Asthma, which affects 3% of the population, is also a cause of sudden and unexpected death in the medical examiner's population.65 Deaths from it, while uncommon, do occur, with death rates of from 1.1 to 7% reported. Since 1960, there has been an increase in the incidence of deaths from asthma, either because of increased prevalence of the disease or an increase in severity. Deaths in blacks are twice that of whites. Sudden, unexpected death can occur in asthmatics without long-term deterioration or a prolonged attack. The frequency of death from asthma is increased at night or in the early morning, possibly due to a pronounced diurnal variation in airflow limitation. Up to one fourth of deaths from asthma occur within 30 min of onset of the attack.
In acute asthmatic attacks, there is a reduced airflow rate, air trapping, and a ventilation-perfusion imbalance that leads to decreased oxygenation of the blood, elevated carbon dioxide, increased pulmonary vascular resistance, a right ventricular systolic overload, and an increase in the effort needed to breathe. The reduction in airflow is due to a combination of smooth muscle contraction, tenacious mucoid secretions in the bronchi, and an inflammatory infiltrate in the walls of the bronchi. These may develop either gradually or in a very short order. If airflow obstruction is not relieved, there will be steady progression to elevated carbon dioxide, metabolic aci-dosis, exhaustion, and death.
At autopsy, the lungs usually appear overexpanded, completely, occupying their respective chest cavity. This hyperexpanded state may not be present if extensive cardiopulmonary resuscitation has been carried out. In addition to the hyperexpansion of the lungs, a sticky tenacious white mucus deposit will fill the bronchi. Microscopic sections of the lung show a chronic inflammatory infiltrate with numerous eosinophils around the bronchi. The basement membrane of the bronchi is thickened and has a wavy appearance.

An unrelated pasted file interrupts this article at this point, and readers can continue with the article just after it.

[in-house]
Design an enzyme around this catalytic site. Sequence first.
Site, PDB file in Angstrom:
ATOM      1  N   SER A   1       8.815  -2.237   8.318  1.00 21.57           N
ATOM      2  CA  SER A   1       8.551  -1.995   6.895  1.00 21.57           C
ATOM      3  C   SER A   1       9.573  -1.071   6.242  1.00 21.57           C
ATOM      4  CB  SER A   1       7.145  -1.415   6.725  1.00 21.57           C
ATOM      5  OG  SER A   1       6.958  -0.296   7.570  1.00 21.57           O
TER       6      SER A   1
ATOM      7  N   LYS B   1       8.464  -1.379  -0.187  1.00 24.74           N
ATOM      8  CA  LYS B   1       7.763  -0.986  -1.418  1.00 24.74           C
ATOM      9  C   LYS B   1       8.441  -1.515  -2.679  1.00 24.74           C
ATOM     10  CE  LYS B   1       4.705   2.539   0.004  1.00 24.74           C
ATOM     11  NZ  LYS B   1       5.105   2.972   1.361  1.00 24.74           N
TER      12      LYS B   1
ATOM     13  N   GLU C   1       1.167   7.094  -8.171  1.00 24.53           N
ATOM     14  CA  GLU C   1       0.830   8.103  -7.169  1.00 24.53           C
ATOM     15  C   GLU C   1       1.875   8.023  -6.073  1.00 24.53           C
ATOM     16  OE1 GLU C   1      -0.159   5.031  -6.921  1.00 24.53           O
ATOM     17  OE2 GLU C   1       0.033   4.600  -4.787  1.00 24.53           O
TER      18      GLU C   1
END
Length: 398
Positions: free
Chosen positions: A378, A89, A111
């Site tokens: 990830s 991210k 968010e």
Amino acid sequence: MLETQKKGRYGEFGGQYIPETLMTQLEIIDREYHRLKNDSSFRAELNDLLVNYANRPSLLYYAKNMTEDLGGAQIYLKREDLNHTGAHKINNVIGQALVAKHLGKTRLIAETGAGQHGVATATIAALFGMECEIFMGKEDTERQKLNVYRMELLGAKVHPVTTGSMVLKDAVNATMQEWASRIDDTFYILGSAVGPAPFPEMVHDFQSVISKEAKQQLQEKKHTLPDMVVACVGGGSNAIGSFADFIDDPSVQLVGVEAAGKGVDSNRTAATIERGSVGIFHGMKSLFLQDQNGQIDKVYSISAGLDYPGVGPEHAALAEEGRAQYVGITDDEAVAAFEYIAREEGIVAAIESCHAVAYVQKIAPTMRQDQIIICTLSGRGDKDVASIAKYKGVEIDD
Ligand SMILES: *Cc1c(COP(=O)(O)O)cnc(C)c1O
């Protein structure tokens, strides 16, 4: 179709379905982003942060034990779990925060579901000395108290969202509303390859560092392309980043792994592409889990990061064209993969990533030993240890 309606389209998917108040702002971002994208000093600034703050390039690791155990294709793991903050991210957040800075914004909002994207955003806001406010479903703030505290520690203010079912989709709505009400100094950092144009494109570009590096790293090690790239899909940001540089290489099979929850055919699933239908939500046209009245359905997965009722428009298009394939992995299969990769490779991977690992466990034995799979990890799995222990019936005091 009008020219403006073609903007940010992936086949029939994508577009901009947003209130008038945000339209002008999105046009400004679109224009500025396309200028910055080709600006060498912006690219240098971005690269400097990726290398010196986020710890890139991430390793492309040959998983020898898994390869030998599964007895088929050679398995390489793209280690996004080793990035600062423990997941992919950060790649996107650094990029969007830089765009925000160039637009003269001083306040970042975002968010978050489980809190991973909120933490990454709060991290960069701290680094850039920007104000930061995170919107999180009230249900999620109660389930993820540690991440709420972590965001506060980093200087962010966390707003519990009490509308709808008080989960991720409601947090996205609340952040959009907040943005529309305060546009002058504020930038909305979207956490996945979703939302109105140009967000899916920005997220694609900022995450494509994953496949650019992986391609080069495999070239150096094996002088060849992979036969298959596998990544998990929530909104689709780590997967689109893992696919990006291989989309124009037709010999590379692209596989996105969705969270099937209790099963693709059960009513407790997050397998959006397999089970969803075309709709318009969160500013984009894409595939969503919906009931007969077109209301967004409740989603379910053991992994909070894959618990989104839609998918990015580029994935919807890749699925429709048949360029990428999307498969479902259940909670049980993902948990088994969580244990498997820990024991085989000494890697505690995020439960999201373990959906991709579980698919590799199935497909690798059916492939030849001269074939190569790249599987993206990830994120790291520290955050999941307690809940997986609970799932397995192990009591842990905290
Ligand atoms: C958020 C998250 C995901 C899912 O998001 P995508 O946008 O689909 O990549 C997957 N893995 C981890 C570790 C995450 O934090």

A large increase in deaths in the 1960s in Great Britain was originally attributed to abuse of aerosol bronchodilators. It is now generally accepted that such use is not a cause of death from asthma. Rather, the excessive use of bronchodilators is a reflection of the need for more effective therapy for these individuals. The increasingly accepted view is that many deaths from asthma are due to inadequate or delayed treatment.
In the workplace, two types of asthma are encountered: work-aggravated and occupational.66 The former is preexisting asthma that is aggravated by irritants in the workplace. Occupational asthma is caused by exposure to irritants in the workplace. Occupational asthma without a latency period follows exposure to high concentrations of irritant gases, fumes, or chemicals on one or several occasions. The most common examples of such agents are chlorine and ammonia. Occupational asthma with a latency period is the most common type and is caused by exposure to irritants over a period of time that can vary from a few weeks to several years. The majority of individuals developing occupational asthma with latency do not recover.
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If you suffer with asthma, you will no doubt be familiar with the uncomfortable sensations as your bronchial tubes begin to narrow and your muscles around them start to tighten. A sticky mucus known as phlegm begins to produce and increase within your bronchial tubes and you begin to wheeze, cough and struggle to breathe.